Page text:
The much-hyped mobile app promising to deliver “quick bites” of video entertainment is finally here. The company has been in the headlines for more than two years, thanks to the involvement of founder Jeffrey Katzenberg (who previously co-founded DreamWorks Animation) and CEO Meg Whitman (previously the CEO of eBay and Hewlett Packard Enterprise), not to mention $ 1.75 billion in funding.

Judging from a few hours of exploration, the app is as slick as promised, with impressive Turnstyle technology for switching between portrait and landscape viewing. What’s missing so far, however, is any real sense of creative breakthrough.

2. Apple has sourced over 20 million protective masks, now building and shipping face shields

The company is working with governments around the world to distribute its supply of face masks to where it’s needed most. Meanwhile, the first delivery of Apple face shields went out to Kaiser hospital facilities in the Santa Clara valley earlier this week, according to CEO Tim Cook.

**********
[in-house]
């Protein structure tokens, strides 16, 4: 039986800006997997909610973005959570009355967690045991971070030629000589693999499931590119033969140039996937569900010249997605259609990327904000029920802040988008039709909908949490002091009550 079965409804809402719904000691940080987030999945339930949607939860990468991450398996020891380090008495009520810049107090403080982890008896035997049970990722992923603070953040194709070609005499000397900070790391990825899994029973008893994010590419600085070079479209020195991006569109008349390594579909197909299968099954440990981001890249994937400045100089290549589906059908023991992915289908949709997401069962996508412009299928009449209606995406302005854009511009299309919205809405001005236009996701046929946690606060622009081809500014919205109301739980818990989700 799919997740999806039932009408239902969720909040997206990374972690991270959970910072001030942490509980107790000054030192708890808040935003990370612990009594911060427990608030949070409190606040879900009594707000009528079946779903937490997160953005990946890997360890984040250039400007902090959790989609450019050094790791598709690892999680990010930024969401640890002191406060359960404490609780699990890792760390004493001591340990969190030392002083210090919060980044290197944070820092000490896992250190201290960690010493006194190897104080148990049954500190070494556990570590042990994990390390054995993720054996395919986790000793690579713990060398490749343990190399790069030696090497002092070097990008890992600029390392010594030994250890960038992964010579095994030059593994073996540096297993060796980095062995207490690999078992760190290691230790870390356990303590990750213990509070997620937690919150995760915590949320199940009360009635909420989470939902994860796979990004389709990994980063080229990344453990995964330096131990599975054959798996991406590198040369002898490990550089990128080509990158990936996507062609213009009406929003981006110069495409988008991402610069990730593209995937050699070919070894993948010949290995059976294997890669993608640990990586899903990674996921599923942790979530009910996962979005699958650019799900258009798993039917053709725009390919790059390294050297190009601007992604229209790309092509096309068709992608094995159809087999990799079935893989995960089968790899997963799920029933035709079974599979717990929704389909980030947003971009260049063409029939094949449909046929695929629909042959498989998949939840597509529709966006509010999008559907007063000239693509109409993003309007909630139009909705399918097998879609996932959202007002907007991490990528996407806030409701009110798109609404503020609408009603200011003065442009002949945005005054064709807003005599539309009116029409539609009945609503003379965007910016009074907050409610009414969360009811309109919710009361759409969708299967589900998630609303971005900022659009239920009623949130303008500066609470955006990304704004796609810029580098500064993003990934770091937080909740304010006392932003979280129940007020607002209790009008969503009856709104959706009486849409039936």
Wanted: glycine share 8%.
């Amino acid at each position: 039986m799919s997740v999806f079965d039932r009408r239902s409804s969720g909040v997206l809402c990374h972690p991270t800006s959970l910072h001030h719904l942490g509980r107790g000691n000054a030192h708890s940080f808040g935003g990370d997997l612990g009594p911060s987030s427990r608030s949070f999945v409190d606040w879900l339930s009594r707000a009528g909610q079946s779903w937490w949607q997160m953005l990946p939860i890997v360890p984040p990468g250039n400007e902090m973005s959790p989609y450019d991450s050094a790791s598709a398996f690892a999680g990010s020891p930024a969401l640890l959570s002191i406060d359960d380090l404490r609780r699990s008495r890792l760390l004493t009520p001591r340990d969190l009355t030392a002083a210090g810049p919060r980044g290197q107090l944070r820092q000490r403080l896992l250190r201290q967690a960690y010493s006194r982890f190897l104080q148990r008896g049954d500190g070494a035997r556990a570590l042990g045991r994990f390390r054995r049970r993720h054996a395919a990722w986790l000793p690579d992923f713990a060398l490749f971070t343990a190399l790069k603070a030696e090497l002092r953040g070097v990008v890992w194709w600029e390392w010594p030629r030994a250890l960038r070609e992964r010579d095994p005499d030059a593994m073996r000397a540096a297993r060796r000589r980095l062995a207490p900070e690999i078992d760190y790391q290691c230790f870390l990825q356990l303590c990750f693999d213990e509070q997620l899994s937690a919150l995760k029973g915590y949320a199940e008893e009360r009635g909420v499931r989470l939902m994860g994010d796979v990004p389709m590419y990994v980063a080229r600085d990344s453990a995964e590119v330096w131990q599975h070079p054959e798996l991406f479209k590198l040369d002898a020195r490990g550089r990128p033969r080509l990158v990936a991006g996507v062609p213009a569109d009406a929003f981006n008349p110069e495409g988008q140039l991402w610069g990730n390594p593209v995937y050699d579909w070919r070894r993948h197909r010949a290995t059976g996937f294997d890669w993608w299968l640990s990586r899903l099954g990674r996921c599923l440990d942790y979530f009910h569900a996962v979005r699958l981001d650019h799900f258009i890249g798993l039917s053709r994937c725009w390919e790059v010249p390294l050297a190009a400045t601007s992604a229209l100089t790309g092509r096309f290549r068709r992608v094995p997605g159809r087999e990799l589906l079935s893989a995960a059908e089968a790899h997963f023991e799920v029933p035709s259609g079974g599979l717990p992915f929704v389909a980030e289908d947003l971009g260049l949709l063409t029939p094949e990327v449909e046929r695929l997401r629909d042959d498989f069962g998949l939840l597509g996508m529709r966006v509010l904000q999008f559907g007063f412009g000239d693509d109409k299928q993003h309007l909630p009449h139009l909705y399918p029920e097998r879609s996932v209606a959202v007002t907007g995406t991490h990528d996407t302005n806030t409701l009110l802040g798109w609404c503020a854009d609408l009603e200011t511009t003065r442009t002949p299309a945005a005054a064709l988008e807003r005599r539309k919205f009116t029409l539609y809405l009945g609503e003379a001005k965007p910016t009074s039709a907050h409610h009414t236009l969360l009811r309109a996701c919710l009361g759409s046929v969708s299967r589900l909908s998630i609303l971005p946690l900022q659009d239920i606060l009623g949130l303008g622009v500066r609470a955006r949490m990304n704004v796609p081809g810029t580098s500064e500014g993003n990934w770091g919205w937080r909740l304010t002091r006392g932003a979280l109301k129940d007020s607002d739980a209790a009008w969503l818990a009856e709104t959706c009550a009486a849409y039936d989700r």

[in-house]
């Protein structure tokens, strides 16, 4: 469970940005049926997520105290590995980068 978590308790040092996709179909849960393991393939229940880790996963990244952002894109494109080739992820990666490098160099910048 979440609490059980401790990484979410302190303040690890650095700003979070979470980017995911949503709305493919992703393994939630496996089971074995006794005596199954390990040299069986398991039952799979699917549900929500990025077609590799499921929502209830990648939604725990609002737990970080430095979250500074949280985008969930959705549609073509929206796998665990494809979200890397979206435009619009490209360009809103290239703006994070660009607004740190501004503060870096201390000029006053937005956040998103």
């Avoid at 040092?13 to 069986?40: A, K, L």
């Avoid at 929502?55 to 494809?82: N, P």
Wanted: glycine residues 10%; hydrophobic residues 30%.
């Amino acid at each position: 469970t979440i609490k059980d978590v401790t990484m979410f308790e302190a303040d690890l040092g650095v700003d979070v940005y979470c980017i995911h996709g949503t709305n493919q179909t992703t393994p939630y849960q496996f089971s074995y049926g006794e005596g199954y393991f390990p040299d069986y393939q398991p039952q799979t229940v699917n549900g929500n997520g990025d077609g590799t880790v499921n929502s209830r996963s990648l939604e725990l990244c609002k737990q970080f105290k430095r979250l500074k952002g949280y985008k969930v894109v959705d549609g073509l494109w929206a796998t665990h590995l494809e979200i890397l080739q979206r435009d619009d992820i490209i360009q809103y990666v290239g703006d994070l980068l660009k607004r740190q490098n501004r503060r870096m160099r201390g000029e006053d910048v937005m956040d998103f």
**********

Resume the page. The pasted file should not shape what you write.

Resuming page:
3. Paul Cormier takes over as Red Hat CEO, as Jim Whitehurst moves to IBM

Cormier would seem to be a logical choice to run Red Hat, having been with the company since 2001. He joined as its VP of engineering and has seen the company grow from a small startup to a multi-billion dollar company.

4. GrubHub, Seamless’s pandemic initiatives are predatory and exploitative, and it’s time to stop using them

Jon Evans argues that GrubHub (which also owns Seamless) is hurting, not helping, the restaurants that it pretends it’s trying to support.

5. Pandemic puts the brakes on micromobility

Ride Report creates software that enables cities to better work with micro-mobility operators and has a bird’s-eye view on the industry. In a conversation with TechCrunch, CEO William Henderson outlined what we can expect for micro-mobility operators during the pandemic and once it’s over. (Extra Crunch membership required.)

6. Open banking fintech Yapily raises $ 13M Series A